I sympathize! I bristle at chauvinism too. But I dress modestly and conservatively for work, and I don't worry too much about how that might be tamping down my femininity or self-expression. I'm a practical sort of person, and the practical reality is that many men—and some women too—find certain visual cues wildly distracting. And distractions hurt. They can—fairly or unfairly—skew people's perceptions of your capabilities and character. Further, distractions make it harder for people to understand and retain what you are saying.
My friend Shaunti Feldhahn illustrated this beautifully with a study she conducted for her book, The Male Factor. She developed two short videos showing the same attractive businesswoman giving identical informative presentations. The woman wears the same suit in both videos, but in one, her wrap-style blouse is pulled down low, revealing her cleavage. In the other, no cleavage. Men were randomly assigned a version of the video, and then tested on the content of the speech. The majority of men who viewed the "cleavage version" could not identify the presenter's name from a multiple-choice list. On average, they remembered 25 percent less about the content of her speech than the men who viewed the other version.
When I'm at work, I can't afford that. I need to be effective and efficient. I need to get work done. If a few simple clothing, hair, and makeup choices can help me to do that, I'll happily make them.
Clothes vs. calling
What is important to me is the work that God has called me to do. I want to honor God's gifts by serving God to my fullest capacity. And so I consciously make choices about my appearance that best enable me to do that. In the traditional and formal corporate setting where I've spent most of my career, that means clean, pressed, well-tailored business suits with closed-toed shoes and a modest blouse. I generally choose muted colors, especially if I'm meeting with mostly men. I have straight, shoulder-length hair and I tend to leave it down, curled under at the ends but not falling in my face or eyes. I usually wear small earrings, a simple necklace, wedding ring, and just enough makeup to look professional. No flashy colors, patterns, or jewelry. No cleavage. Not too much leg. Nothing fussy. Nothing that could be considered tight or curve-hugging.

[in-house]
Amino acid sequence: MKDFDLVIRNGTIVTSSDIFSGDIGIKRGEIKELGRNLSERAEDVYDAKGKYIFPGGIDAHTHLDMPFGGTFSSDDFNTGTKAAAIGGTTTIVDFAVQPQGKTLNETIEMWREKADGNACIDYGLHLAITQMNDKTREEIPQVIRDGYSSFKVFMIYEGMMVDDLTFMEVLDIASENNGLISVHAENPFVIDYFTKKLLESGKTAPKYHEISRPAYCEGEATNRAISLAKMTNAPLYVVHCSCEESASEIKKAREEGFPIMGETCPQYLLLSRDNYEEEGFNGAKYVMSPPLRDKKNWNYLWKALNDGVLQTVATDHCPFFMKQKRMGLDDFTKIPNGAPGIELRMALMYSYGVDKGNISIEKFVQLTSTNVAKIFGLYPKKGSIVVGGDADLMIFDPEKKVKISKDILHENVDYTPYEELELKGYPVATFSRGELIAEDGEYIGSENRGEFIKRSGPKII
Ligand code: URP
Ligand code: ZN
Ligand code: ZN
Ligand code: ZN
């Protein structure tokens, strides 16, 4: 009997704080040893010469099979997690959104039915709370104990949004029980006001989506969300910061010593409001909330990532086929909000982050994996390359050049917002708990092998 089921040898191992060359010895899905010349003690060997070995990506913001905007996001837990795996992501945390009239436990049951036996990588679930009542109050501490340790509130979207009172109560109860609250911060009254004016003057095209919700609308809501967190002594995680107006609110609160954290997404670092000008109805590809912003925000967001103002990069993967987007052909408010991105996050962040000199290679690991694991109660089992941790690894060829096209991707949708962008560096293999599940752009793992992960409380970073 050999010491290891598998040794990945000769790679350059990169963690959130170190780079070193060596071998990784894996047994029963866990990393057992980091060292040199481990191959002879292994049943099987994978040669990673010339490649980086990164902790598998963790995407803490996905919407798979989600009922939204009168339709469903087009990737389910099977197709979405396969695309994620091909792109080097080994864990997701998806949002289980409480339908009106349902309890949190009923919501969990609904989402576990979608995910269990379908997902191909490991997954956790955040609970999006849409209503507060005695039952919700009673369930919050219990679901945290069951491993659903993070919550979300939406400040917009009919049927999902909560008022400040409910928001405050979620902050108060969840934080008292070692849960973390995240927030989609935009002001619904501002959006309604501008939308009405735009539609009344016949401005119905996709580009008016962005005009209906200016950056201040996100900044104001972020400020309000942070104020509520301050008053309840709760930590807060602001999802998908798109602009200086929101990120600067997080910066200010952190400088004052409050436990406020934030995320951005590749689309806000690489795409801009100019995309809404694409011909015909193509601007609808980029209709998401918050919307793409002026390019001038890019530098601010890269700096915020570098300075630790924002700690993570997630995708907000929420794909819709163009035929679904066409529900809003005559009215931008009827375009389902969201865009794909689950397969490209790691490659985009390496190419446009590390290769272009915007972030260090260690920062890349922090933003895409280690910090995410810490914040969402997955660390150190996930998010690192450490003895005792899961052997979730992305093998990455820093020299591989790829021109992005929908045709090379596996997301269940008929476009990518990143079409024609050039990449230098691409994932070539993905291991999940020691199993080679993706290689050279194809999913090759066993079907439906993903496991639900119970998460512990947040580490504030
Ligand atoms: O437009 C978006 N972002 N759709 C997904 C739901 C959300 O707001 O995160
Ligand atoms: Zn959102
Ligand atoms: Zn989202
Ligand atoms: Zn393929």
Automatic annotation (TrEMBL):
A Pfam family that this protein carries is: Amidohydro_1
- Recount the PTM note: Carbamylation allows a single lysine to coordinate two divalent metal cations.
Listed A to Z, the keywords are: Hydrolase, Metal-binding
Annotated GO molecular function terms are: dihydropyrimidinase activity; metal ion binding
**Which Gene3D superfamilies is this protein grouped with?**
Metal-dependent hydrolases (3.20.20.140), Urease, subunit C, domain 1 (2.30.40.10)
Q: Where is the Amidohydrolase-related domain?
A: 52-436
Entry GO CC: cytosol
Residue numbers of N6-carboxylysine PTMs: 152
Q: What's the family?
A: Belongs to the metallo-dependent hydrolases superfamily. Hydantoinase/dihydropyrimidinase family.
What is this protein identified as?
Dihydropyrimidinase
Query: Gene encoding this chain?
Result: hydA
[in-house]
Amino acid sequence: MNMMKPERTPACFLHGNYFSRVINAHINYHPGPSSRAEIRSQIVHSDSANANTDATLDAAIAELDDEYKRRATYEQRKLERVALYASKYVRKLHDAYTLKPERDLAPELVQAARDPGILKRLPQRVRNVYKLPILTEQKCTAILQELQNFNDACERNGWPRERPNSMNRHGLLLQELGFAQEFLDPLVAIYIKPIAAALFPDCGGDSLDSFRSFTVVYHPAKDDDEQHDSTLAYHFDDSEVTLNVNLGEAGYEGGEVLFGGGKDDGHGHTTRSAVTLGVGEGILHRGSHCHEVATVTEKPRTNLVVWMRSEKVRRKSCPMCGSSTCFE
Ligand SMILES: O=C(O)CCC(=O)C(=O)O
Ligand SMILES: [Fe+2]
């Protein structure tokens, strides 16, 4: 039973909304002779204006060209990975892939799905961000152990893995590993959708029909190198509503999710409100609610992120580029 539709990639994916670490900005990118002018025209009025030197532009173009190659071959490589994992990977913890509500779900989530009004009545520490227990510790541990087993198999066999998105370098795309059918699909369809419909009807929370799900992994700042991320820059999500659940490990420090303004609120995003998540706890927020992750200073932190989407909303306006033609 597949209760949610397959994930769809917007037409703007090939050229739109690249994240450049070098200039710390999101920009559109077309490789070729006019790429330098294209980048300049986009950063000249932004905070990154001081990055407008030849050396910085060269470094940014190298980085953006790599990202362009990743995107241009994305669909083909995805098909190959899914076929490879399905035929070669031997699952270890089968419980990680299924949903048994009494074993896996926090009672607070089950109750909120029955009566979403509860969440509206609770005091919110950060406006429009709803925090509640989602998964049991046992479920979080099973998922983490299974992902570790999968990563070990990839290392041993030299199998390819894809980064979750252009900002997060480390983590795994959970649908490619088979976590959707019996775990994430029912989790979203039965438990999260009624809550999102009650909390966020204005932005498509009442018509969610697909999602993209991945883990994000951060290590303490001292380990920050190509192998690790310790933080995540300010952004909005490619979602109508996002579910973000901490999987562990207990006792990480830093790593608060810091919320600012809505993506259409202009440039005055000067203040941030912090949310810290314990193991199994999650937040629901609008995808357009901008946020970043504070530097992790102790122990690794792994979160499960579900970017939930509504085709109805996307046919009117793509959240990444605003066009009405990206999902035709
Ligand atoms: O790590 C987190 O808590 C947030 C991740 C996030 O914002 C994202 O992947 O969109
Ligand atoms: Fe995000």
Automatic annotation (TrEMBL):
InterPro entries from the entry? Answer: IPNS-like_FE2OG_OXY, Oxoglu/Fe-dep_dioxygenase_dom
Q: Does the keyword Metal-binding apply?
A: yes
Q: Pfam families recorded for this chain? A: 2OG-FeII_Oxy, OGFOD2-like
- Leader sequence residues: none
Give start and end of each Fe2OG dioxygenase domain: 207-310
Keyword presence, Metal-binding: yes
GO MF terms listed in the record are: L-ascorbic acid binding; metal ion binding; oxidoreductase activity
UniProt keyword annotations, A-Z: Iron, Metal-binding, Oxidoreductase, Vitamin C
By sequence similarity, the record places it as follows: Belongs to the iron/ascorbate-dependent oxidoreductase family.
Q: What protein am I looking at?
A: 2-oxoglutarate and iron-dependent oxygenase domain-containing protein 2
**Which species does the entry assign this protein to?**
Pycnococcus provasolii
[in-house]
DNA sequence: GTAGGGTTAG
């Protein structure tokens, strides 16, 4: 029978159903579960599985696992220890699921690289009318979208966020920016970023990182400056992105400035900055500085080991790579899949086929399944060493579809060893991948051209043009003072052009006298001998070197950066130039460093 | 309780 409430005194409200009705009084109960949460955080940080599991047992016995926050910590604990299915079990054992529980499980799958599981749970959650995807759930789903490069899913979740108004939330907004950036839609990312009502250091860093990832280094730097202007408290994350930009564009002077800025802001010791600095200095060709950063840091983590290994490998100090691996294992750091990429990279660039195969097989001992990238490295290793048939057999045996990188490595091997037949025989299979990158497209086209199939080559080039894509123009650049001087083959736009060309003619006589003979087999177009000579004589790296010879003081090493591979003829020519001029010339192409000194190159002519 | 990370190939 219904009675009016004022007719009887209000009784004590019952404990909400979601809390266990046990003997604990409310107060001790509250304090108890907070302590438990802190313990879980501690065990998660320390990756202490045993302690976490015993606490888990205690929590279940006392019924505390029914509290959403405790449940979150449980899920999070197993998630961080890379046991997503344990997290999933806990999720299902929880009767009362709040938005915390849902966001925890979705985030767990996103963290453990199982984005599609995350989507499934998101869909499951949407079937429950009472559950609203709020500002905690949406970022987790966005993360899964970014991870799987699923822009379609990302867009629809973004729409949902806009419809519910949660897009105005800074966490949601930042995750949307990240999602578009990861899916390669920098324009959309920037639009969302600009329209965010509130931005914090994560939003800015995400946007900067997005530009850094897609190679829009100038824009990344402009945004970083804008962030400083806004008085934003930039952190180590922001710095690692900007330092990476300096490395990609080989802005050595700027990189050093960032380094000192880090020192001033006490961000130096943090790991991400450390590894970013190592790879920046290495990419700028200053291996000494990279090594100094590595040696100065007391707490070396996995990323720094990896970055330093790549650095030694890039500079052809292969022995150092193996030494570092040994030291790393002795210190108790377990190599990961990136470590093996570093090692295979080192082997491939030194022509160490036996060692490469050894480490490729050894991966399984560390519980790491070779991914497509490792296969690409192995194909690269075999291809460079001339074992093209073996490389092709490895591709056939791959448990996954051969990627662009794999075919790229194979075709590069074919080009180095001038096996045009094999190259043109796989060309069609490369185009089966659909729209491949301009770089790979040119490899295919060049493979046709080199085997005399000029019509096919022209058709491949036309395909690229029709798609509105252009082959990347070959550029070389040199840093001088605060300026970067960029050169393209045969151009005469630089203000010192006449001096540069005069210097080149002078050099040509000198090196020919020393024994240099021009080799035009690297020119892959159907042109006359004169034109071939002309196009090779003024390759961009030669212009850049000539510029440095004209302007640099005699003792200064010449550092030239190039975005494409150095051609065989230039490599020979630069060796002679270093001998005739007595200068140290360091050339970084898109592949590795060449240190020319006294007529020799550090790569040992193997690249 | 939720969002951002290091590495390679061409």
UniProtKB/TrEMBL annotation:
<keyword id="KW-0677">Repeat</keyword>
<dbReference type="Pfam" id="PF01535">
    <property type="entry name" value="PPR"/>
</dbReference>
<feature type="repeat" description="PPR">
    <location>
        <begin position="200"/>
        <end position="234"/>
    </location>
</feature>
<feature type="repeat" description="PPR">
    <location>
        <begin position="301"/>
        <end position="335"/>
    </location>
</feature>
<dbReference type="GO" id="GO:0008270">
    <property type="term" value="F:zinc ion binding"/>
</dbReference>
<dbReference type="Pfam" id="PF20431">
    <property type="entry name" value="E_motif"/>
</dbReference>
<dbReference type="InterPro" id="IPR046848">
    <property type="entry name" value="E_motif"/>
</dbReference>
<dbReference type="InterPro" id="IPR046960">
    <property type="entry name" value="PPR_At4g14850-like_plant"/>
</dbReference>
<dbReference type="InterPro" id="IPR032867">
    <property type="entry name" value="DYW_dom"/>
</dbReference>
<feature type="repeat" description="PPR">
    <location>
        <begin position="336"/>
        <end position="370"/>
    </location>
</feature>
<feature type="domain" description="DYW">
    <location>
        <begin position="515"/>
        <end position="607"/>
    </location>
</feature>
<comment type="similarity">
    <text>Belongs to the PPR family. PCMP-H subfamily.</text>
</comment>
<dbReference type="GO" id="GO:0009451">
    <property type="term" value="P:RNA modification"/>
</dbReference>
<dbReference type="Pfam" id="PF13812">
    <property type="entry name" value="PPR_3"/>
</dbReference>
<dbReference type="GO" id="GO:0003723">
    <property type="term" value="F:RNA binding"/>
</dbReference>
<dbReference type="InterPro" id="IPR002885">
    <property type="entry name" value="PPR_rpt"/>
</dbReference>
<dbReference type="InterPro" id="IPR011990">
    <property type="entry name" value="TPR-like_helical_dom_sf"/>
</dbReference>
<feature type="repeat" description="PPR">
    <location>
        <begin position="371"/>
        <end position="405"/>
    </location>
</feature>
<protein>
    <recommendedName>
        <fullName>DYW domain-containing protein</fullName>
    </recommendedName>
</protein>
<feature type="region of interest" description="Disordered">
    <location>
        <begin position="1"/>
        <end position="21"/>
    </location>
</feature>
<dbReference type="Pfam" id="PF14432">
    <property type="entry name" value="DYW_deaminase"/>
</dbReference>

Not every workplace calls for muted suits. The key is to figure out what is appropriate for your workplace and avoid being a distraction. I happen to love bright colors, and when I'm working in a more relaxed setting or giving a speech to a group of women, I tend to opt for cheery blues and purples. If you work at a tech startup and all your coworkers wear jeans and T-shirts, then go for it. But even in the most casual of offices, you need to present yourself as clean and well-groomed, and remain sensitive to the "distraction factor" of tight-fitting clothing or too much skin.
If you're having trouble figuring out the appropriate dress code for your office, look at women you admire in the company, pay close attention to what they wear and how they present themselves, and model your look after them.
Does this sound boring to you? My daughters would probably say yes. I have to say, though, it doesn't feel boring! By getting the distractions out of the way, I make room for my energy and ideas and hard work to shine through. I feel confident and powerful walking into a room knowing that I will be heard.
Thinking carefully about how you present yourself at work and—when appropriate—encouraging others to do the same, will help you to pursue your calling and make the most of your God-given gifts in the marketplace.